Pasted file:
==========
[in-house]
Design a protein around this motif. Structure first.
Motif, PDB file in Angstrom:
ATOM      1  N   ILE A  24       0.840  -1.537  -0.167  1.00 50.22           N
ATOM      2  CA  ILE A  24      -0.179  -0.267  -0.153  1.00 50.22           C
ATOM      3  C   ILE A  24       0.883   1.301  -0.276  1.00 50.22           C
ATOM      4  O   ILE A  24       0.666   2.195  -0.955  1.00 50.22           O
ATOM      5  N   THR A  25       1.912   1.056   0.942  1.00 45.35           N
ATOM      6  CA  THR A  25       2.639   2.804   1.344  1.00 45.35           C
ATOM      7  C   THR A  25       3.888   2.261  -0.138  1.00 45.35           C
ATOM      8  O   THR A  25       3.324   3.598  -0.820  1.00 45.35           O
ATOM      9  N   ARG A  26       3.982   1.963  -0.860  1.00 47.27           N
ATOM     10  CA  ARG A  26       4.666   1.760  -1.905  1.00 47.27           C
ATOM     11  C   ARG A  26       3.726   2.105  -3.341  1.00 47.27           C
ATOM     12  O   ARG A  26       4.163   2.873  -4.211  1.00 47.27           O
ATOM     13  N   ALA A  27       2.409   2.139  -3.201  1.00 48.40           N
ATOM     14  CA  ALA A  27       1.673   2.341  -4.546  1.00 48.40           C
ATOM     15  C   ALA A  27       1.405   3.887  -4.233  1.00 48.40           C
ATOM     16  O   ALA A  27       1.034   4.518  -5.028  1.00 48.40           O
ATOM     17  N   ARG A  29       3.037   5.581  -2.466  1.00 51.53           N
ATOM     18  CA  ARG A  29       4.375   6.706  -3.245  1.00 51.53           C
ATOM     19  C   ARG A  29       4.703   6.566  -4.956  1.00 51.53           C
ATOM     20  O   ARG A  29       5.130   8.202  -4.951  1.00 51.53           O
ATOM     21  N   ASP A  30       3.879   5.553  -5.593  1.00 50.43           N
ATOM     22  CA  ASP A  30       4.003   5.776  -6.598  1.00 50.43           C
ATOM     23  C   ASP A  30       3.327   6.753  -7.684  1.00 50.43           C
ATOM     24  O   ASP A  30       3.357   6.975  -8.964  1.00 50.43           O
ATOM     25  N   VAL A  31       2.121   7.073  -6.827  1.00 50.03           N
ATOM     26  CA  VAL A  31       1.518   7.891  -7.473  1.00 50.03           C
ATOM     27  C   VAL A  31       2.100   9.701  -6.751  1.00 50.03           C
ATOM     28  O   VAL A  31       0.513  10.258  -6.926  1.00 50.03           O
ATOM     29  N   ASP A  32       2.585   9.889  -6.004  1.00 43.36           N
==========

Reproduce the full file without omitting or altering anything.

[in-house]
Design a protein around this motif. Structure first.
Motif, PDB file in Angstrom:
ATOM      1  N   ILE A  24       0.840  -1.537  -0.167  1.00 50.22           N
ATOM      2  CA  ILE A  24      -0.179  -0.267  -0.153  1.00 50.22           C
ATOM      3  C   ILE A  24       0.883   1.301  -0.276  1.00 50.22           C
ATOM      4  O   ILE A  24       0.666   2.195  -0.955  1.00 50.22           O
ATOM      5  N   THR A  25       1.912   1.056   0.942  1.00 45.35           N
ATOM      6  CA  THR A  25       2.639   2.804   1.344  1.00 45.35           C
ATOM      7  C   THR A  25       3.888   2.261  -0.138  1.00 45.35           C
ATOM      8  O   THR A  25       3.324   3.598  -0.820  1.00 45.35           O
ATOM      9  N   ARG A  26       3.982   1.963  -0.860  1.00 47.27           N
ATOM     10  CA  ARG A  26       4.666   1.760  -1.905  1.00 47.27           C
ATOM     11  C   ARG A  26       3.726   2.105  -3.341  1.00 47.27           C
ATOM     12  O   ARG A  26       4.163   2.873  -4.211  1.00 47.27           O
ATOM     13  N   ALA A  27       2.409   2.139  -3.201  1.00 48.40           N
ATOM     14  CA  ALA A  27       1.673   2.341  -4.546  1.00 48.40           C
ATOM     15  C   ALA A  27       1.405   3.887  -4.233  1.00 48.40           C
ATOM     16  O   ALA A  27       1.034   4.518  -5.028  1.00 48.40           O
ATOM     17  N   ARG A  29       3.037   5.581  -2.466  1.00 51.53           N
ATOM     18  CA  ARG A  29       4.375   6.706  -3.245  1.00 51.53           C
ATOM     19  C   ARG A  29       4.703   6.566  -4.956  1.00 51.53           C
ATOM     20  O   ARG A  29       5.130   8.202  -4.951  1.00 51.53           O
ATOM     21  N   ASP A  30       3.879   5.553  -5.593  1.00 50.43           N
ATOM     22  CA  ASP A  30       4.003   5.776  -6.598  1.00 50.43           C
ATOM     23  C   ASP A  30       3.327   6.753  -7.684  1.00 50.43           C
ATOM     24  O   ASP A  30       3.357   6.975  -8.964  1.00 50.43           O
ATOM     25  N   VAL A  31       2.121   7.073  -6.827  1.00 50.03           N
ATOM     26  CA  VAL A  31       1.518   7.891  -7.473  1.00 50.03           C
ATOM     27  C   VAL A  31       2.100   9.701  -6.751  1.00 50.03           C
ATOM     28  O   VAL A  31       0.513  10.258  -6.926  1.00 50.03           O
ATOM     29  N   ASP A  32       2.585   9.889  -6.004  1.00 43.36           N